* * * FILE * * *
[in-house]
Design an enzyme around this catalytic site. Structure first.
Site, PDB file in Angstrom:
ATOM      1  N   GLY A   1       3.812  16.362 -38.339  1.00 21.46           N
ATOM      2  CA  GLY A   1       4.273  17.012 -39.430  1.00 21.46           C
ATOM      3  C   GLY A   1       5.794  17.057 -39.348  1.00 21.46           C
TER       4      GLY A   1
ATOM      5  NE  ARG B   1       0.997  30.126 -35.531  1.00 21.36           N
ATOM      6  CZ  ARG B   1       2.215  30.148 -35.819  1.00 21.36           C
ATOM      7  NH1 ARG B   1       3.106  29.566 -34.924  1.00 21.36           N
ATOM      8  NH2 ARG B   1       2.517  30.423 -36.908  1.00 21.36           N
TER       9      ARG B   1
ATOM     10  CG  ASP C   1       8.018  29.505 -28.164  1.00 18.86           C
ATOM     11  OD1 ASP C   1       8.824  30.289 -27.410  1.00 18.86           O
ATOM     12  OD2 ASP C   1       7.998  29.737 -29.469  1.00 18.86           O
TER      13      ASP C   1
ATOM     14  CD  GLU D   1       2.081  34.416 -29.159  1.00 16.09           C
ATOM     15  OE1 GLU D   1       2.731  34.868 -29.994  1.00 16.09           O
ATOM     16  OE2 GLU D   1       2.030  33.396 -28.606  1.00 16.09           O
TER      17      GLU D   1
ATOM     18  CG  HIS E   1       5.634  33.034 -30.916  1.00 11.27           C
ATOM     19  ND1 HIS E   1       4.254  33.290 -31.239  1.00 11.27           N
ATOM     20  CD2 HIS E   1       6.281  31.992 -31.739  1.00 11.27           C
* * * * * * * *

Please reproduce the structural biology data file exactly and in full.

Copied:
[in-house]
Design an enzyme around this catalytic site. Structure first.
Site, PDB file in Angstrom:
ATOM      1  N   GLY A   1       3.812  16.362 -38.339  1.00 21.46           N
ATOM      2  CA  GLY A   1       4.273  17.012 -39.430  1.00 21.46           C
ATOM      3  C   GLY A   1       5.794  17.057 -39.348  1.00 21.46           C
TER       4      GLY A   1
ATOM      5  NE  ARG B   1       0.997  30.126 -35.531  1.00 21.36           N
ATOM      6  CZ  ARG B   1       2.215  30.148 -35.819  1.00 21.36           C
ATOM      7  NH1 ARG B   1       3.106  29.566 -34.924  1.00 21.36           N
ATOM      8  NH2 ARG B   1       2.517  30.423 -36.908  1.00 21.36           N
TER       9      ARG B   1
ATOM     10  CG  ASP C   1       8.018  29.505 -28.164  1.00 18.86           C
ATOM     11  OD1 ASP C   1       8.824  30.289 -27.410  1.00 18.86           O
ATOM     12  OD2 ASP C   1       7.998  29.737 -29.469  1.00 18.86           O
TER      13      ASP C   1
ATOM     14  CD  GLU D   1       2.081  34.416 -29.159  1.00 16.09           C
ATOM     15  OE1 GLU D   1       2.731  34.868 -29.994  1.00 16.09           O
ATOM     16  OE2 GLU D   1       2.030  33.396 -28.606  1.00 16.09           O
TER      17      GLU D   1
ATOM     18  CG  HIS E   1       5.634  33.034 -30.916  1.00 11.27           C
ATOM     19  ND1 HIS E   1       4.254  33.290 -31.239  1.00 11.27           N
ATOM     20  CD2 HIS E   1       6.281  31.992 -31.739  1.00 11.27           C